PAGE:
For years, detention became her home. She was far from her husband and two children who lived in the United Kingdom. Eventually, though Aung San Suu Kyi was set free, the ruling powers of Myanmar barred those with spouses and children who have foreign citizenship from being the Head of State. The challenges did not come as a surprise. Through it all, Suu Kyi’s party, the National League for Democracy, won the electorate’s hearts by a landslide margin.

The Blunt Obstacle

As Myanmar’s State Counsellor, her limited powers can only do so much. The critics will not take anything for an answer. Many of the naysayers impose a huge weight on her shoulders. After all, Suu Kyi remains to be Myanmar’s face in international affairs. The detractors expect her to be the Nobel fairy that can heal complex situations and bring about progress in the sway of her wand.

Nobody also points out the mental torture that she’s been through as a frequent target of detention since time immemorial. Plus, as of writing, she moved past the height of her physical strength. In short, she needs a break. But the Lady presses on her mission. She continues to bring about the promise of democracy despite the internal and external forces that pull her in every direction. She remains calm but the same serenity is taken as complacency–if not downright incompetence.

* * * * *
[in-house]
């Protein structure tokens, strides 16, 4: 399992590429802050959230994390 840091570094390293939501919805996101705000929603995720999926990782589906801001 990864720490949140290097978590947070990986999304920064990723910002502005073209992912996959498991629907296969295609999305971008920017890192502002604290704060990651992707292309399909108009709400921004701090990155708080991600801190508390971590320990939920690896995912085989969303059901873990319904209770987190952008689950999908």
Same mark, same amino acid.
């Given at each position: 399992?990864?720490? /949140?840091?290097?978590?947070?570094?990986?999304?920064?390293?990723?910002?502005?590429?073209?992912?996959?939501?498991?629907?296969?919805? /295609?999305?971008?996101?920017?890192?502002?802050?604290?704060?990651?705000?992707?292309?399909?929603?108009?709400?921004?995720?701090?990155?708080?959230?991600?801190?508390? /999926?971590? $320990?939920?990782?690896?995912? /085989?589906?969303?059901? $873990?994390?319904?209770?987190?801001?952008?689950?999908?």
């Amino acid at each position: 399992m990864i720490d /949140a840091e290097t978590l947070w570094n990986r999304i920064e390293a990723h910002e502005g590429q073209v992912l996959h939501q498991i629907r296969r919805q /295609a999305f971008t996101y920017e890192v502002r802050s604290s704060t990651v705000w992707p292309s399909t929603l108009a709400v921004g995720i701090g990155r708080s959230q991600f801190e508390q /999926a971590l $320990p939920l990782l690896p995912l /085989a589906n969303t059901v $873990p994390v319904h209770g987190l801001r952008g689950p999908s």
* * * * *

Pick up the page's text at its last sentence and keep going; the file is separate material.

The Case

In January 2020, the International Court of Justice (ICJ) issued an initial decision in the case filed by the Gambia against Myanmar.  During the hearings, State Counsellor Suu Kyi maintained her grace as the face of her people. Though the trial has yet to arrive at a final halt, the world continues to pin her with the responsibility of the alleged genocide against the Rohingya. Truly, the situation is far more complicated than it seems. Both sides of the spectrum must be fleshed out thoroughly in order to arrive at a reasonable conclusion.